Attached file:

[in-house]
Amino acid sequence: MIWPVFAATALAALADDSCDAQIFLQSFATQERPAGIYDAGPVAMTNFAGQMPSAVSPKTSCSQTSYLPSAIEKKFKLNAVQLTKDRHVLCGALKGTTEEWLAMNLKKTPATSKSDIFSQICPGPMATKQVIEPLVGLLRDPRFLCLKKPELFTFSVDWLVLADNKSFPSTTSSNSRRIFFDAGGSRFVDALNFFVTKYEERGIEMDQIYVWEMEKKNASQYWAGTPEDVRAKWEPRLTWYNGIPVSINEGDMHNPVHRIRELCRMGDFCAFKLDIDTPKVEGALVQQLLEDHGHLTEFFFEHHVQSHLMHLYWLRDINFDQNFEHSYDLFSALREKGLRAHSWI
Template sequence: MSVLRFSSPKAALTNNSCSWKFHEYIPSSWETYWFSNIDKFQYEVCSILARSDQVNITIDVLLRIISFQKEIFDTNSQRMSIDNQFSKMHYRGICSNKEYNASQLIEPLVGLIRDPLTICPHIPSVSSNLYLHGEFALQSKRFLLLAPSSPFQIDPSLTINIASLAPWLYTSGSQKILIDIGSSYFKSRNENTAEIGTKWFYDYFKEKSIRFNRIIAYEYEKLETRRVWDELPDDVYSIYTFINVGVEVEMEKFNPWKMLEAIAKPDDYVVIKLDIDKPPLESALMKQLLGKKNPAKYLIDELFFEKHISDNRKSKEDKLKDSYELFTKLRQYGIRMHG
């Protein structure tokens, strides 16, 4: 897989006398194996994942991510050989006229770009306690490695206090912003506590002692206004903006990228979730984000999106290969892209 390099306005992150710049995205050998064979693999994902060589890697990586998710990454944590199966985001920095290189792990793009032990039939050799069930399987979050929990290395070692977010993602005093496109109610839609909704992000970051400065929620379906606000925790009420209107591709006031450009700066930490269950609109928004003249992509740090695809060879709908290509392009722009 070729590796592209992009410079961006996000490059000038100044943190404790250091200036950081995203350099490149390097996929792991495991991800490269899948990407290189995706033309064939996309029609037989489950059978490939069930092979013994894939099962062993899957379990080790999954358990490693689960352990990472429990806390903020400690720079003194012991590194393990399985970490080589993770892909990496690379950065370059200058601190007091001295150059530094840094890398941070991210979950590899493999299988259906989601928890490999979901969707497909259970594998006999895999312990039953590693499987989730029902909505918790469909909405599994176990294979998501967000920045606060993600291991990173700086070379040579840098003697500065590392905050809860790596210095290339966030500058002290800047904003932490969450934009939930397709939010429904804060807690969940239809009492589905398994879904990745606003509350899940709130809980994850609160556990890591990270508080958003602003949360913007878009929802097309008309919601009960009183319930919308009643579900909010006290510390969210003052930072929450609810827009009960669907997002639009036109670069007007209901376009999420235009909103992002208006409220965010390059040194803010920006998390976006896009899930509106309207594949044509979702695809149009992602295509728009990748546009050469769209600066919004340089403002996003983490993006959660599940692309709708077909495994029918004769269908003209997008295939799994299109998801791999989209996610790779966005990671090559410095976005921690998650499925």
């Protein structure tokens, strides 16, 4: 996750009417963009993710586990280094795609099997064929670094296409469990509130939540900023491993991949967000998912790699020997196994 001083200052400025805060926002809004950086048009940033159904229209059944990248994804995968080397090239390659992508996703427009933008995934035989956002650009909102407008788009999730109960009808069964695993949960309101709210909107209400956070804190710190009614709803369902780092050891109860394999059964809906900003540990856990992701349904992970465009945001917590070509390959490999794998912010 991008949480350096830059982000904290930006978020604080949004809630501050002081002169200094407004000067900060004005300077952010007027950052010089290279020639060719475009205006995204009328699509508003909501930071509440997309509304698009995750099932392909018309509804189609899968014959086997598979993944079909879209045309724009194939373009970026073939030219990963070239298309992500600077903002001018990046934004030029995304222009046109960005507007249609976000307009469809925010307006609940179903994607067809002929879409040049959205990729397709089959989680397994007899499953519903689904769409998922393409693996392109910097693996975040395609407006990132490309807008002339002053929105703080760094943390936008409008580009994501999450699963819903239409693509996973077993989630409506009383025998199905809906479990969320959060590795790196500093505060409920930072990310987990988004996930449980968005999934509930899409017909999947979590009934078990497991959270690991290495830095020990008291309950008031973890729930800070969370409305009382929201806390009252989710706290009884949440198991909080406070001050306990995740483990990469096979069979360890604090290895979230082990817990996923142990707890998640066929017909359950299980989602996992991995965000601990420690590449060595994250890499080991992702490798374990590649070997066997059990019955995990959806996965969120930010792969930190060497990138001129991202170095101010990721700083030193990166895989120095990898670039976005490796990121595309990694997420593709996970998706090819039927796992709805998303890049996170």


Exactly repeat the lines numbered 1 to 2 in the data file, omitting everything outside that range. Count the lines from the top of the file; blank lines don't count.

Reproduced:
[in-house]
Amino acid sequence: MIWPVFAATALAALADDSCDAQIFLQSFATQERPAGIYDAGPVAMTNFAGQMPSAVSPKTSCSQTSYLPSAIEKKFKLNAVQLTKDRHVLCGALKGTTEEWLAMNLKKTPATSKSDIFSQICPGPMATKQVIEPLVGLLRDPRFLCLKKPELFTFSVDWLVLADNKSFPSTTSSNSRRIFFDAGGSRFVDALNFFVTKYEERGIEMDQIYVWEMEKKNASQYWAGTPEDVRAKWEPRLTWYNGIPVSINEGDMHNPVHRIRELCRMGDFCAFKLDIDTPKVEGALVQQLLEDHGHLTEFFFEHHVQSHLMHLYWLRDINFDQNFEHSYDLFSALREKGLRAHSWI